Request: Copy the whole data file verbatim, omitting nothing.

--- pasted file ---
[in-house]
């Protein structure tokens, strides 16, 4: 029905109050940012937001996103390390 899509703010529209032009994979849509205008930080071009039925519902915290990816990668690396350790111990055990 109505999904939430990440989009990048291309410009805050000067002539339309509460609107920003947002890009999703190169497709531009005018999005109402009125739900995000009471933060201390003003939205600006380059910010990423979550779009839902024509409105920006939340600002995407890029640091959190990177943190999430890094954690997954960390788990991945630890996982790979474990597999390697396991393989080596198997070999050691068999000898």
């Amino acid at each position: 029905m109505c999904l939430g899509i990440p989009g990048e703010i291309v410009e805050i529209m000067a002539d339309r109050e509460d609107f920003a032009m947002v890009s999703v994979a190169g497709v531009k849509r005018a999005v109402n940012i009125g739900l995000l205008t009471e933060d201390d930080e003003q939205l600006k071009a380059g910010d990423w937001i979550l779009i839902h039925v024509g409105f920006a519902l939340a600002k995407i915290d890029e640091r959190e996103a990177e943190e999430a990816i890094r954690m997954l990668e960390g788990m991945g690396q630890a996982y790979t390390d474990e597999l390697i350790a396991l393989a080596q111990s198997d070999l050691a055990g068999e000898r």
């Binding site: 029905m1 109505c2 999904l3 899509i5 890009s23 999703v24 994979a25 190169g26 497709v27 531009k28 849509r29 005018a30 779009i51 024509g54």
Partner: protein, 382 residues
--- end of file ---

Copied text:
[in-house]
């Protein structure tokens, strides 16, 4: 029905109050940012937001996103390390 899509703010529209032009994979849509205008930080071009039925519902915290990816990668690396350790111990055990 109505999904939430990440989009990048291309410009805050000067002539339309509460609107920003947002890009999703190169497709531009005018999005109402009125739900995000009471933060201390003003939205600006380059910010990423979550779009839902024509409105920006939340600002995407890029640091959190990177943190999430890094954690997954960390788990991945630890996982790979474990597999390697396991393989080596198997070999050691068999000898």
């Amino acid at each position: 029905m109505c999904l939430g899509i990440p989009g990048e703010i291309v410009e805050i529209m000067a002539d339309r109050e509460d609107f920003a032009m947002v890009s999703v994979a190169g497709v531009k849509r005018a999005v109402n940012i009125g739900l995000l205008t009471e933060d201390d930080e003003q939205l600006k071009a380059g910010d990423w937001i979550l779009i839902h039925v024509g409105f920006a519902l939340a600002k995407i915290d890029e640091r959190e996103a990177e943190e999430a990816i890094r954690m997954l990668e960390g788990m991945g690396q630890a996982y790979t390390d474990e597999l390697i350790a396991l393989a080596q111990s198997d070999l050691a055990g068999e000898r």
């Binding site: 029905m1 109505c2 999904l3 899509i5 890009s23 999703v24 994979a25 190169g26 497709v27 531009k28 849509r29 005018a30 779009i51 024509g54």
Partner: protein, 382 residues